Audeze LCD-2 Review

With a current lack of headphones pressing for attention and review space, I turned to an older model that we haven’t reviewed yet – the Audeze LCD-2.  At a price of $995, and given it’s manufacturer, we know this isn’t going to be a lightweight.  But when it comes to performance, just how heavy does this headphone hit?

Audeze LCD-2 Review

Audeze LCD-2 Review

The Audeze LCD-2 comes in a huge plastic case.  The kind of case you could throw off of a cliff or down an elevator shaft without worrying about damaging your headphones.  (Some people say our durability tests are extreme; we maintain that we’re just being thorough.)

Inside that humdinger of a case, you’ll find the LCD-2, as well as the cable and 1/4” to 3.5mm stereo adapter.

Handling these headphones is a solid experience, and you can really feel the craftsmanship that goes into them.  While they might feel a tad bit heavy on my head, I don’t really fear them slipping or falling off.  Once you find a good fit with them, they’re pretty secure.

Audeze purports these headphones to have a 5-20000 hertz frequency range (extended out to 50000 hertz).  They also have a 70 ohm impedance.

The frequency range is kind of unique, with the kind of fantastic bass detail you’d expect from the LCD-2’s planar magnetic design.  However, for most of my listening session, I got the distinct impression of a slightly rolled-off high end at normal (60 or 70% volume).  At higher volumes close to 80%, I could pick up more of the high end.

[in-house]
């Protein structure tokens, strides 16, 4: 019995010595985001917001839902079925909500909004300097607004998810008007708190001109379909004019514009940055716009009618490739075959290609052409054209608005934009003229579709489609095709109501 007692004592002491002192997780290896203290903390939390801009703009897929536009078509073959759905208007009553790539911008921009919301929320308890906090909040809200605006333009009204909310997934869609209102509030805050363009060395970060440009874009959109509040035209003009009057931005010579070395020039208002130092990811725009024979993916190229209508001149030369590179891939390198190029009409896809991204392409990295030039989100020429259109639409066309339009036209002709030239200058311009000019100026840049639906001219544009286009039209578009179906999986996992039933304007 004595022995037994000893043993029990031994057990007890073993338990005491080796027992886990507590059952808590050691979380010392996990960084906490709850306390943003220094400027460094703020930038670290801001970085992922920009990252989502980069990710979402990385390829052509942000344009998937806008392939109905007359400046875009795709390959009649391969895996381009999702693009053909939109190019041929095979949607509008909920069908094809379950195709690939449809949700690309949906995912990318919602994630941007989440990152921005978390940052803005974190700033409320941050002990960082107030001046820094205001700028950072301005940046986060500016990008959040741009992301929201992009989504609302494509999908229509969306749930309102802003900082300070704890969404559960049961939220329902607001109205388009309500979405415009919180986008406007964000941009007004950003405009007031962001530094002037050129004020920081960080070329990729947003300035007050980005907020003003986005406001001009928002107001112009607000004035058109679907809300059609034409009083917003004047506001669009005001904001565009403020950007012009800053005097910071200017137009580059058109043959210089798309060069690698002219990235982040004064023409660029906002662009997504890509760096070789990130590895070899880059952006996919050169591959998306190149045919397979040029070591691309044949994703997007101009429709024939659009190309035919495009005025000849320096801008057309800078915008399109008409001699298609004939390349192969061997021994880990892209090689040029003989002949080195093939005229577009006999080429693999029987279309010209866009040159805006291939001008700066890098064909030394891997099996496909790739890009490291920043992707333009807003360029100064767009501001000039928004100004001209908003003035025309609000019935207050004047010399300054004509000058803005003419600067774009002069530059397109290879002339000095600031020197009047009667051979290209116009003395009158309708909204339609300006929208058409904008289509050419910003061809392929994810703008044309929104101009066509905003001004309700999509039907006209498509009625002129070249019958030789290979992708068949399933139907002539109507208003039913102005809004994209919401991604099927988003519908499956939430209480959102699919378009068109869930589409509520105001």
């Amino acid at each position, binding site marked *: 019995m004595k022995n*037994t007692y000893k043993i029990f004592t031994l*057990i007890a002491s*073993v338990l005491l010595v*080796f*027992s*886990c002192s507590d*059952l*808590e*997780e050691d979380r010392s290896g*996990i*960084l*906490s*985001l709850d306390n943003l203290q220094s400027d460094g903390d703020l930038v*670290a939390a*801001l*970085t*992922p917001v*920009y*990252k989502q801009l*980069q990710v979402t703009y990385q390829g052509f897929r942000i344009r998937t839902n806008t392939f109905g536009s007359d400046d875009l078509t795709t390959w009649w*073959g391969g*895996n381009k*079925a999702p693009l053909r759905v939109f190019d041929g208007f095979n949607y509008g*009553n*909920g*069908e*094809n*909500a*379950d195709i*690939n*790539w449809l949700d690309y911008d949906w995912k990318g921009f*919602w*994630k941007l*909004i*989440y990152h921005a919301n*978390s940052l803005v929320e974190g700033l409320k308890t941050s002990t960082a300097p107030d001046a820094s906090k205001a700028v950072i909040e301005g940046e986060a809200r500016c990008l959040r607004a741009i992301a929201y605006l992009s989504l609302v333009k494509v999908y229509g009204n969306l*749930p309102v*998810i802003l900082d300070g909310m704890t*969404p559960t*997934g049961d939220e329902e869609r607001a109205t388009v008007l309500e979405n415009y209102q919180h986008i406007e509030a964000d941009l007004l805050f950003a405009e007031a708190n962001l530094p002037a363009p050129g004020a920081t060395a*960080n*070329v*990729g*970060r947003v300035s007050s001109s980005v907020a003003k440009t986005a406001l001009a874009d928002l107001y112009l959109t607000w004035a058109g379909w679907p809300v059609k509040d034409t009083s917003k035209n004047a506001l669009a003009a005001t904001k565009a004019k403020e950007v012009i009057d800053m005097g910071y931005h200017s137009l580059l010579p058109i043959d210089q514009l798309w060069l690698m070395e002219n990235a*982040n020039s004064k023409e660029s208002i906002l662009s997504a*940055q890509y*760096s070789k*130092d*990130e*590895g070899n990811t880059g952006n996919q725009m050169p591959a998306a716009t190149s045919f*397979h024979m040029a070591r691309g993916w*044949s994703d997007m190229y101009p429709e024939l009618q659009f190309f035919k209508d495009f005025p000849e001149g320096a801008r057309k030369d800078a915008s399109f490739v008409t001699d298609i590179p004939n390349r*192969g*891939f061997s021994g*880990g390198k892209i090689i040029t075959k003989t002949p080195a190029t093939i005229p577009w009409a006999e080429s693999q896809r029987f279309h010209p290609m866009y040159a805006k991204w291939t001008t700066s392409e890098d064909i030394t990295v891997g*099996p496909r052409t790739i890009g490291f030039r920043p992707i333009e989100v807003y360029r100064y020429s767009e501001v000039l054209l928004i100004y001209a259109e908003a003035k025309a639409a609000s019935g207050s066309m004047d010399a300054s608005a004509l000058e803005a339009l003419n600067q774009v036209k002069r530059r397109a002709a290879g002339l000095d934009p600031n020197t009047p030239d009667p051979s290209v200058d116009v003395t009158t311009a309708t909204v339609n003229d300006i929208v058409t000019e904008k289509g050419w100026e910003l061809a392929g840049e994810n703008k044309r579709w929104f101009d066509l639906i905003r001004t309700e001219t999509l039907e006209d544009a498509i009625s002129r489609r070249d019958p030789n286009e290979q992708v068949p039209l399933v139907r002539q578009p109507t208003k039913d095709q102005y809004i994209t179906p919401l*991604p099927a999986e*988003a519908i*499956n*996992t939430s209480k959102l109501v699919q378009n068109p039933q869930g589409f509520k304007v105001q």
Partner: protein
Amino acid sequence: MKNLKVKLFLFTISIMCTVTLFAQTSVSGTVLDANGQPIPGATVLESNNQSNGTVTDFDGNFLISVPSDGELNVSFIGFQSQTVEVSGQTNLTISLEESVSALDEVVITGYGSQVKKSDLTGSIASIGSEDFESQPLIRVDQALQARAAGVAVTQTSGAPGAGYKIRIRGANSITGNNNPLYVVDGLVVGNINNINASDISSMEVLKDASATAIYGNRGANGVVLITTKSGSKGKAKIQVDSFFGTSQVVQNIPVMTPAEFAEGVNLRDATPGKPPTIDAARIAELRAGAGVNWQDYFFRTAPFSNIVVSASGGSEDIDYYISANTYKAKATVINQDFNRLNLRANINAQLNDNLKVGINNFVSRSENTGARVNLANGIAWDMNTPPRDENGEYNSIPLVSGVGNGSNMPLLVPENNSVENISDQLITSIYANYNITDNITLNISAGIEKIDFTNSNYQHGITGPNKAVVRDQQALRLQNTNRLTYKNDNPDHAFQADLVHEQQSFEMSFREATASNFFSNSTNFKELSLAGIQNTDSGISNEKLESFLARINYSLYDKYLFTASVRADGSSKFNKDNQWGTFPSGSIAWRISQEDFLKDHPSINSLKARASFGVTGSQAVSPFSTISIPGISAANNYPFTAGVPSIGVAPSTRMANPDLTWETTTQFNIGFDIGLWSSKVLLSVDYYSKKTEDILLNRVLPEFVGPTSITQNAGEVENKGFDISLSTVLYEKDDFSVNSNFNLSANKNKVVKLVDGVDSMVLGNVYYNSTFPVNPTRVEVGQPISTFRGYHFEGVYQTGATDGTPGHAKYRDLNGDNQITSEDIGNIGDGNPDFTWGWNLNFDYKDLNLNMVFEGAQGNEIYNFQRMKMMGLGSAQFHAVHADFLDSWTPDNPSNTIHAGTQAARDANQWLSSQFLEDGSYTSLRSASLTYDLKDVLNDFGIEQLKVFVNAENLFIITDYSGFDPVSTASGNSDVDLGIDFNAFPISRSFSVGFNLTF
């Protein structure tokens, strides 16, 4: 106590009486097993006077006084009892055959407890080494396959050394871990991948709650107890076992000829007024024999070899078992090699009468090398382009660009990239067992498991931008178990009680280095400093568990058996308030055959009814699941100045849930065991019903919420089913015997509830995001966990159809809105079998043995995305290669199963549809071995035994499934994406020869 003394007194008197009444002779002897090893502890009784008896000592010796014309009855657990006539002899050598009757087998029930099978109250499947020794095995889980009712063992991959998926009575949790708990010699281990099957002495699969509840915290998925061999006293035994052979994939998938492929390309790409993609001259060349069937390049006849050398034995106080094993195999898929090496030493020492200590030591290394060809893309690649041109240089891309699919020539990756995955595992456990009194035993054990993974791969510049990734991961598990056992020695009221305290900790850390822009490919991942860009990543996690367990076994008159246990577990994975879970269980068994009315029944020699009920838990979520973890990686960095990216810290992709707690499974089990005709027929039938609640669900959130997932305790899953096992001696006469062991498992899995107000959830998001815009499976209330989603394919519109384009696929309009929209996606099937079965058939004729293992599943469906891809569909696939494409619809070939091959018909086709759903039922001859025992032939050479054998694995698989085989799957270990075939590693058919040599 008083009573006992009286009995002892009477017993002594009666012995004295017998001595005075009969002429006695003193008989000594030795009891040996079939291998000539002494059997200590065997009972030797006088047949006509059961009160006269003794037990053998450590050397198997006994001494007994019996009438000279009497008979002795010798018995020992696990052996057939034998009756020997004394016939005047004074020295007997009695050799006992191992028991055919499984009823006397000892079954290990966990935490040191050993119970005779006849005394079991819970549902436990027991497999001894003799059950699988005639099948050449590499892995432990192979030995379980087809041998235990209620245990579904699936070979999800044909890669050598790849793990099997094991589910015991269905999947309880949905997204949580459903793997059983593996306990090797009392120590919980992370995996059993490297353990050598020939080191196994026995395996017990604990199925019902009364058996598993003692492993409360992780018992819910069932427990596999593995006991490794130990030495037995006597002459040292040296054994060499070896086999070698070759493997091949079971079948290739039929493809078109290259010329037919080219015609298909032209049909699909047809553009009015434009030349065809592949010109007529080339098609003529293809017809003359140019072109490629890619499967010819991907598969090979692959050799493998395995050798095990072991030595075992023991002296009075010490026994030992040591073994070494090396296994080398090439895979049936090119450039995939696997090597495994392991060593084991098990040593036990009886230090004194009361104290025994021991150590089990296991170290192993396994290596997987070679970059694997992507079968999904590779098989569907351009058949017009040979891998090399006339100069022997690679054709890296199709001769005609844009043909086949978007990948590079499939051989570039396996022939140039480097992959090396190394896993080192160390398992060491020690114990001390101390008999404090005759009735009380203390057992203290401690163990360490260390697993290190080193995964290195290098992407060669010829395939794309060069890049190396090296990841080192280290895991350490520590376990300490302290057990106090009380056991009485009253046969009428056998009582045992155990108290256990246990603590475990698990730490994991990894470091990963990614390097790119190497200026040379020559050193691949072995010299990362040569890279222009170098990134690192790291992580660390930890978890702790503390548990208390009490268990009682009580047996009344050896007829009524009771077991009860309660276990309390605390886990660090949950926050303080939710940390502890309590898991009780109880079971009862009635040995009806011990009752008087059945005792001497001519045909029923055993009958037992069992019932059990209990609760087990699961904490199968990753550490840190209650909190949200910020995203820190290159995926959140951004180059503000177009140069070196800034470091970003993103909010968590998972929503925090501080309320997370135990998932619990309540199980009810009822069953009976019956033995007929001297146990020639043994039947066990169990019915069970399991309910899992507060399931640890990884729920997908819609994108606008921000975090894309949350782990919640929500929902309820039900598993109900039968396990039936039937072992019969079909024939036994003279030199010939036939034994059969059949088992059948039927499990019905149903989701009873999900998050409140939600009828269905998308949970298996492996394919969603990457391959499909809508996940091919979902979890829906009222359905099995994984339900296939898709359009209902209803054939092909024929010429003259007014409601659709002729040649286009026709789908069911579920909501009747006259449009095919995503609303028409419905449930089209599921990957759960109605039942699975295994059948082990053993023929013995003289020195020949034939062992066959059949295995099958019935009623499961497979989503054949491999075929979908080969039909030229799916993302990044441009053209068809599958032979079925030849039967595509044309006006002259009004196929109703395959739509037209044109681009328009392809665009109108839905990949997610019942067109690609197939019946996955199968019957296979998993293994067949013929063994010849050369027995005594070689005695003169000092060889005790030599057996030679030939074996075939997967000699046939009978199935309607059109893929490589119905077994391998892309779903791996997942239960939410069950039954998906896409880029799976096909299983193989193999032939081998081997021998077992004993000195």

Which leads me to another observation:  the nominal impedance seems to fluctuate a great deal, and even though this headphone is supposedly 70 ohms, I regretted pairing it with the FiiO E12.  As good as that little amp is (and it can usually drive headphone up to 150 ohms or so), it just wasn’t enough juice for the LCD-2.

As previously mentioned, the low end is clean and detailed.  There’s a little depth to it, but it’s nowhere near overkill.  Thanks to that peculiar high end, this results in a slight v-shape to the sound signature.  But that alone isn’t enough peg it as a dynamic sounding headphone – it’s nowhere near the kind of dynamic sound that you’d get from the LCD-X or the HifiMan Edition X.

Why?  Because the mids, man!  They’re incredibly detailed, and present, but not too forward.  I’d say they’re juuuuust riiiiiight.  So sometimes, those mids make the headphones sound almost flat.

And during all of this, the biggest impression I got from the LCD-2 was one of clarity.  Everything, and I do mean EVERYTHING, was clear.

So is it for you?  Should you buy it?  The LCD-2 is the weirdest headphone I’ve ever used.  In a good way, because I don’t know which kind of listening tastes it would suit best.  This very well may be a headphone for everything.  I loved the bass detail for rock, hip hop, and electronic music.  And I really appreciated the mids and high end for classical music.  There’s a slight v-shape in there, but sometimes it sound fairly flat, too.  I know this sounds like a contradiction, and even I’m sitting here wondering how I could make such a wild claim.  But the ears don’t lie, folks.  So I urge you, if you can, to go out and find a pair of these to test drive for yourselves.  Not that I think you need to try before you buy, but just so you can experience the awesomeness in person.

You can find these headphones for the best pricet at:

Audio 46

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Carroll is a headphone junkie residing in Brooklyn. He's a huge fan of Grado, UK hip hop, and the English Language in general. When not testing audio equipment or writing, you'll find him taking photographs or fiddling with circuit boards. You can contact him at